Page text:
There is no doubt about it, the unrelenting rise of the smartphone and tablet cannot be ignored. Your customers are constantly on the go and being able to access their life in the palm of their hand makes it all a bit easier.
But does your website do the same for them? Have you tried to undertake your main customer website activities on a smartphone or tablet? Was it as easy as on a desktop device?
For many businesses, the answer is simply “no”.
A recent article by eMarketer indicated that in 2012 the global smartphone audience surpassed the one billion mark and will reach 1.75 billion in 2014 and continue to rise.
By 2017, smartphone penetration among mobile phone users globally is likely to be approximately 50%. Recent Deloitte research stated that the number of smartphone users in the UK has reached 72% — that means that seven out of ten of your customers may be viewing your website on a smartphone.
Will they like what they see? And how do you know whether mobile customers are important to your business?
If you look at your Google Analytics data you will see the constant rise of your mobile device visitor (you do check your GA reports, don’t you?). I’m certainly seeing this pattern across the website stats for many of my clients. Some business sectors are seeing larger shifts to mobile device visitors than others but I can assure you that every business is seeing these percentages on the up.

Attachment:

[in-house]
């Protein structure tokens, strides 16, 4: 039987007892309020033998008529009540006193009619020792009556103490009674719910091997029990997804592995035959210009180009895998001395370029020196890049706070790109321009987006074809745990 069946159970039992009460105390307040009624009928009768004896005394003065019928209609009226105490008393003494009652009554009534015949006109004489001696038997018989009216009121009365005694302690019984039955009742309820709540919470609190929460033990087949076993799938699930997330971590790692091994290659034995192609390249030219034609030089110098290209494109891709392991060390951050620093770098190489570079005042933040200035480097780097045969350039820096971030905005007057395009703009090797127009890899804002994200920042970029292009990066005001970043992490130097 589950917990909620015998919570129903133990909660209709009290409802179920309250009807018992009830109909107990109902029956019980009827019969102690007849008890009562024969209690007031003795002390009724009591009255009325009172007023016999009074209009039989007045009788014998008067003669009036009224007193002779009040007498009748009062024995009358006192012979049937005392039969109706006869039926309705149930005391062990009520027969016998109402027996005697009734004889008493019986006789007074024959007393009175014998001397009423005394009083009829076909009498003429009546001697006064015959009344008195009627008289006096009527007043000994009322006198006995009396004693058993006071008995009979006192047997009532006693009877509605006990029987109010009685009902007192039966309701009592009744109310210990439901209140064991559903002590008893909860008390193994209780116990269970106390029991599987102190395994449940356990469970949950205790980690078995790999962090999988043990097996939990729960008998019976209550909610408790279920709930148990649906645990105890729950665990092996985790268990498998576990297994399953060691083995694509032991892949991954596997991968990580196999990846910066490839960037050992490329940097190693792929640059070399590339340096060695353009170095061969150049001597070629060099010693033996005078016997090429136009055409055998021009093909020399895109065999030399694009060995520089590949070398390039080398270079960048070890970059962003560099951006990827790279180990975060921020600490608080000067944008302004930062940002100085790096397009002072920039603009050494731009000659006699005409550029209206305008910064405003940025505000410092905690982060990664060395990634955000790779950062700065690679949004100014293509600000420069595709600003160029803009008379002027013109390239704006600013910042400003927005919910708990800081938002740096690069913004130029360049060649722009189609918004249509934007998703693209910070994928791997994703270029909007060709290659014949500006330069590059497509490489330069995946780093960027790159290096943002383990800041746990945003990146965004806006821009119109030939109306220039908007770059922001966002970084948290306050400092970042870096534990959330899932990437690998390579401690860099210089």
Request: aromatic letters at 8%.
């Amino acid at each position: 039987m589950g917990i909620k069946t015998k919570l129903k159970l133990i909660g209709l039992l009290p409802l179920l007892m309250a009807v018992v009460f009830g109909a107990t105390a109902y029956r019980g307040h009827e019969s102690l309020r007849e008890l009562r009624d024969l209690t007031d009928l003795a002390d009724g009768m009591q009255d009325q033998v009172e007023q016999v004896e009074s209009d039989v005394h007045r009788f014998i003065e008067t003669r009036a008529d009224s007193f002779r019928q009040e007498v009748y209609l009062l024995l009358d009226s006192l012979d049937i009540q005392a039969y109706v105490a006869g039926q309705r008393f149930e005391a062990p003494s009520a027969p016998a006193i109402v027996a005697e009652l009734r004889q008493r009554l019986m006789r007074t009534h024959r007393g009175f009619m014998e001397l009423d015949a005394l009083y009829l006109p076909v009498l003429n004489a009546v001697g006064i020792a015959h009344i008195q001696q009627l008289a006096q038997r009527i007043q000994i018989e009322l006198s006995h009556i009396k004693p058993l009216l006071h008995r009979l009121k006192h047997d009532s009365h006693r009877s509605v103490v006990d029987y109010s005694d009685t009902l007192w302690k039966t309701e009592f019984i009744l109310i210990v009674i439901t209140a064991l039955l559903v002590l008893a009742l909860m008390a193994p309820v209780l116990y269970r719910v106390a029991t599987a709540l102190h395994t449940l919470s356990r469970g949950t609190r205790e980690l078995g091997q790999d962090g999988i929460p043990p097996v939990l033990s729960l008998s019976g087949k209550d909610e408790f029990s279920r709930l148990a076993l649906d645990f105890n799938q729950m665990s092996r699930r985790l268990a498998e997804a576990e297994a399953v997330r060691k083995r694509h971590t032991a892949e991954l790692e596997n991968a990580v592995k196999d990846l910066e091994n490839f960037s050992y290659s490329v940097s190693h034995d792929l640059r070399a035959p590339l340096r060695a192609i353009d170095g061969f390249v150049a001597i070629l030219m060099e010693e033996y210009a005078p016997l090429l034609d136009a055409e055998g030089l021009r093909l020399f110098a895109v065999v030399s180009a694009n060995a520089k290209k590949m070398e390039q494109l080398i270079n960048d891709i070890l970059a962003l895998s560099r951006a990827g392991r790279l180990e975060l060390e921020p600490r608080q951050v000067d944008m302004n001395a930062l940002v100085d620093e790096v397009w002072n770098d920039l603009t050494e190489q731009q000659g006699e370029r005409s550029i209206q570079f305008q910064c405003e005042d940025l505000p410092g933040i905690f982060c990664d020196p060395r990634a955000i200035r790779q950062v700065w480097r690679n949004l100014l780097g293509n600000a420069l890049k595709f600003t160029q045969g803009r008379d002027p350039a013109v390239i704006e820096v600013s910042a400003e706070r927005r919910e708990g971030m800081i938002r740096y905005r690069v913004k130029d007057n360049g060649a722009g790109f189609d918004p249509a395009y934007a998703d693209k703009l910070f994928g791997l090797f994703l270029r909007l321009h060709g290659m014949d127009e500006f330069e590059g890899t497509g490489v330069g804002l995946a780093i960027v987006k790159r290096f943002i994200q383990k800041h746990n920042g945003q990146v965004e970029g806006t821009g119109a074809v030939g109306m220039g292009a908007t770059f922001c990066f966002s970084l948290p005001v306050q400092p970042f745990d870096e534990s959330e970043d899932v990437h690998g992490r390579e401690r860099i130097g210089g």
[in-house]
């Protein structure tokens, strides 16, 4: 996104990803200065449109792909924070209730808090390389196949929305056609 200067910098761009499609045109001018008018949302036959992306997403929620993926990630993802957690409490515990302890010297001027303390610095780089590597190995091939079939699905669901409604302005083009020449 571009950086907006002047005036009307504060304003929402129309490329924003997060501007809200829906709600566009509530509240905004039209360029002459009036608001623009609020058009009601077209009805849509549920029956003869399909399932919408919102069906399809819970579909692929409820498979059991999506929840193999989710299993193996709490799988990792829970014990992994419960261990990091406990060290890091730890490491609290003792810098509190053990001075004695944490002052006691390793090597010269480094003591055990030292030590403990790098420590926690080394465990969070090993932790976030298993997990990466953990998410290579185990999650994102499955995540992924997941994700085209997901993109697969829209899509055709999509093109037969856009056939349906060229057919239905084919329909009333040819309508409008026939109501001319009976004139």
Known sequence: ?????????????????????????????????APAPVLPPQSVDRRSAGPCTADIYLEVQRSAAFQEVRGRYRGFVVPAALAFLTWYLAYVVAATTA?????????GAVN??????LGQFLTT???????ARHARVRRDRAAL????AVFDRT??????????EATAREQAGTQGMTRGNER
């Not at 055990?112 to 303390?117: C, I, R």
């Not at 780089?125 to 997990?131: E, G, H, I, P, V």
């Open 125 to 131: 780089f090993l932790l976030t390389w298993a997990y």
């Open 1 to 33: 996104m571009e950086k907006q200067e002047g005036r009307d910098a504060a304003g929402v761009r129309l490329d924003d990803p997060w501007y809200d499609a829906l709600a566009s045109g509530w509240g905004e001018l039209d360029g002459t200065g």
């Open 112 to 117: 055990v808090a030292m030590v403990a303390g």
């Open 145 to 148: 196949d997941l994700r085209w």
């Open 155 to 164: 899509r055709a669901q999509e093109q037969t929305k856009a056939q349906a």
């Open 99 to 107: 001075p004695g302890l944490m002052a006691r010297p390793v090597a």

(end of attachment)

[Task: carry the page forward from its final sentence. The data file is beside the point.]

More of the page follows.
The case for responsive design
If you have a website that has a transactional element to it — so your user needs to complete a purchase or a task, like registration or sign up — then I think you need to consider developing a responsive design website. This is the gold standard in mobile web and means that no matter what device is used to access your site it will shrink and adjust how it displays content, making the user experience easy and enjoyable.
If yours is a brochure-style website, you can probably get away with what you have for the moment. However, I would highly recommend you test it on tablets and smartphone devices to see how it renders and if it is still usable. I have seen some absolute shockers in terms of what can happen to your beautiful website when viewed on a smartphone! If it’s unusable for your customer you are risking losing out on business.
Should I get a mobile app?
I would recommend a responsive design website as a minimum and then consider if any part of your customer journey is suitable for translating into an app. Apps have many advantages — generally they do not need an internet connection, the user interface can be streamlined, and you can focus the customer on the task in hand.
But be careful not to get drawn into developing an app simply for the sake of it. You don’t necessarily need one, they’re not cheap (around £5,000 upwards) and they have ongoing development costs, so it isn’t a one-off investment.
As with all marketing tools, it depends on your target audience. Find out first how your customers behave online — are they increasingly accessing your site via their mobile devices. This should drive your decision to develop a more mobile/tablet-friendly online presence to aid website conversion and sales growth.